When publishing the tweets below by members of the 2012 LSU football recruiting class, we will point out the following facts.
* Each of these recruits, on average, gave 27 interviews in the last year with MAJOR media outlets such as ESPN, Yahoo Sports or Fox Sports.
* Several of these recruits announced their college destination on national TV.
* Everyone of them held a press conference to announce their college choice.
* None of the high schools they attend have formal policies on proper social media use.
Of the four factors above, the first three are indications that these athletes knew they were no longer 'kids' and were public figures. The last one indicates that the adults in the lives of these athletes haven't prepared them for the spotlight that they are now in as incoming student athletes at the nations premier football program right now. That much change.
An LSU Athletic Dept. rep, who asked to not be named, told us "It really is puzzling. We look at these players social media accounts and shake our heads, but, we can't do anything about it until they get on campus. I know our coaches have expressed concerns on this content to the players high school coaches, but no one at that level has their head screwed on well enough to put an end to it. It is a shame too, one of these guys will end up a top ten draft pick in a few years and will have to answer character questions from NFL scouts because no one ever taught him right from wrong when he was a high school star."
Other reading on Twitter:
Fallout from the Michigan article caused Michigan recruits Mario Ojemudia and AJ Williams to delete their accounts and 5-star DT Ondre Pipkins to issue the following apology after deleting his account for a week before reactivating it.
Below, we give you the racy tweets from the 2012 LSU football recruiting class. Thankfully, LSU's recruits were some of the tamer Twitter accounts we uncovered. (warning, contains explicit language and context)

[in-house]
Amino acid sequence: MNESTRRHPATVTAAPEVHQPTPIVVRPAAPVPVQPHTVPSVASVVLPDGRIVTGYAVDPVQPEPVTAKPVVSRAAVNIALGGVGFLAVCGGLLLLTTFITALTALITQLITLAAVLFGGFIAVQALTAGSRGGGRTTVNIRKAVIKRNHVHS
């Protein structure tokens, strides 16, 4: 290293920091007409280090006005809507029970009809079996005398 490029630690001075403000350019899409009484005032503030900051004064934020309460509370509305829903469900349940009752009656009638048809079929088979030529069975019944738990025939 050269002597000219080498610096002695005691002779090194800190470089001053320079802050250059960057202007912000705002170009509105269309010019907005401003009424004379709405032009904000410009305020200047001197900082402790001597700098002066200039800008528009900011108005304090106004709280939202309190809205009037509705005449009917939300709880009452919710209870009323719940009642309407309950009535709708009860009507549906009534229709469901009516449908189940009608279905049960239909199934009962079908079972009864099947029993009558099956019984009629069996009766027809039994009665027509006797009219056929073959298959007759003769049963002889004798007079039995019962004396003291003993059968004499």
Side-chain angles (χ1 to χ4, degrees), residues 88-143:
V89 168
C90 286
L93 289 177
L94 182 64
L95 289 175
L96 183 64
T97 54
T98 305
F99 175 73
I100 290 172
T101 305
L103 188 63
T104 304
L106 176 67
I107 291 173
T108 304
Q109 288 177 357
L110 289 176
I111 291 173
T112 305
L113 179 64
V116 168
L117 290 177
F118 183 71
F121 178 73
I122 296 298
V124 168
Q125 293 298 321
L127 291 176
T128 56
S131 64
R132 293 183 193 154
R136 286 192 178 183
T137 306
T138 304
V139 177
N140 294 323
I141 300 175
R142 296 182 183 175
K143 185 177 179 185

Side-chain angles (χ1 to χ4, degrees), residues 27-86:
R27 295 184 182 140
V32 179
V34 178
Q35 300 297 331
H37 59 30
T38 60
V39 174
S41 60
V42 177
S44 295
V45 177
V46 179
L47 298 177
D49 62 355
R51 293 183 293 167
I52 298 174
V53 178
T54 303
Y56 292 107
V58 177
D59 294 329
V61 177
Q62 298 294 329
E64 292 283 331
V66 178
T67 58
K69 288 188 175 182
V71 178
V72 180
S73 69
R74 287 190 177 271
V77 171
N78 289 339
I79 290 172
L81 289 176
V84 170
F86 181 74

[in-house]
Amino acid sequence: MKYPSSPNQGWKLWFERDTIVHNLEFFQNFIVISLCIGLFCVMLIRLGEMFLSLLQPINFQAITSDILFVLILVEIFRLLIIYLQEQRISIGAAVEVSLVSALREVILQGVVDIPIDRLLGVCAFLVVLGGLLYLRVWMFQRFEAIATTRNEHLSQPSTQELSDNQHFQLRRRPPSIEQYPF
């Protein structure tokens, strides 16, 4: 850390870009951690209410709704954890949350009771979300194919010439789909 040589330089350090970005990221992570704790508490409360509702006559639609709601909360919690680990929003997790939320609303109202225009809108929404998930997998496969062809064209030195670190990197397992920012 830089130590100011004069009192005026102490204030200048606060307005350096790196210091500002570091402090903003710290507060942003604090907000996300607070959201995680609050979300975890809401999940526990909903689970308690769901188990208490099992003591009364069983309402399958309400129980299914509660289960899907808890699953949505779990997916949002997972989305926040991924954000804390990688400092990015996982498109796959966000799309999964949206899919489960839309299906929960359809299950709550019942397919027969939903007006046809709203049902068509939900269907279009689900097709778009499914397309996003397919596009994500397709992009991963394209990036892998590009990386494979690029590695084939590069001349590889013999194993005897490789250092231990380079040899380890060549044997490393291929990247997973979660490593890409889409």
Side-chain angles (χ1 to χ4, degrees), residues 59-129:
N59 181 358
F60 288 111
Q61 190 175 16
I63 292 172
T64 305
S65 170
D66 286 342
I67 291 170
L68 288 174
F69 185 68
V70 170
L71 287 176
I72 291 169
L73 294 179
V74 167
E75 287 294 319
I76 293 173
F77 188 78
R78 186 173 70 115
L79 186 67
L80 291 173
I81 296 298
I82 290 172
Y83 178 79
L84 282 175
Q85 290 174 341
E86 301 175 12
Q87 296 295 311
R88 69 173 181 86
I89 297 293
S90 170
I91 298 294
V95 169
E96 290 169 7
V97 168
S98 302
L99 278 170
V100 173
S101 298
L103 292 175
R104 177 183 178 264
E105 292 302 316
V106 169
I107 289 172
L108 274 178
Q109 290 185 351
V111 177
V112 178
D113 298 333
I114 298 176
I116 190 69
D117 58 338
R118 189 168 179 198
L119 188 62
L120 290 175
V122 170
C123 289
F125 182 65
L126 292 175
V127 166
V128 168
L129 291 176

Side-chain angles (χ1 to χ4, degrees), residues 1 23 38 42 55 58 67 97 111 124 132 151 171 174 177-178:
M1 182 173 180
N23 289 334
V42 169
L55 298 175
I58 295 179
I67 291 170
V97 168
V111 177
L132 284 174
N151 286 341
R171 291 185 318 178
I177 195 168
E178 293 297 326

Ronnie Feist, 4-star, #125 player in nation by ESPN
Derrick Raymond, 3-star, #55 S in nation by ESPN
Lamar Lewis, 4-star ATH, #231 player in nation by Rivals.com
Jerald Hawkins, 3-star OL, #15 player in Louisiana by Rivals
Trey Granier, 3-star, #19 player in Louisiana by Rivals
Derek Edinburgh, 4-star, #10 player in Louisiana by Rivals
Travin Dural, 4-star WR by Rivals
Shiro Davis - LSU commitment that switched to Texas late in the recruiting process
What other schools recruits are being exposed by Twitter?
Follow the 2012 LSU football recruiting class on Twitter:
|Travin Dural||op grill|
Alex Jones, Rick Steele and Mack Ferguson contributed on this article.
***Note from the Editor: This is obviously going to be a very controversial article. We decided to publish the middle ground of what we uncovered. For all 6 schools featured, we discovered evidence of gambling on football, drugs, alcohol on recruiting visits and mentions of improper recruiting benefits that we chose not to publish.***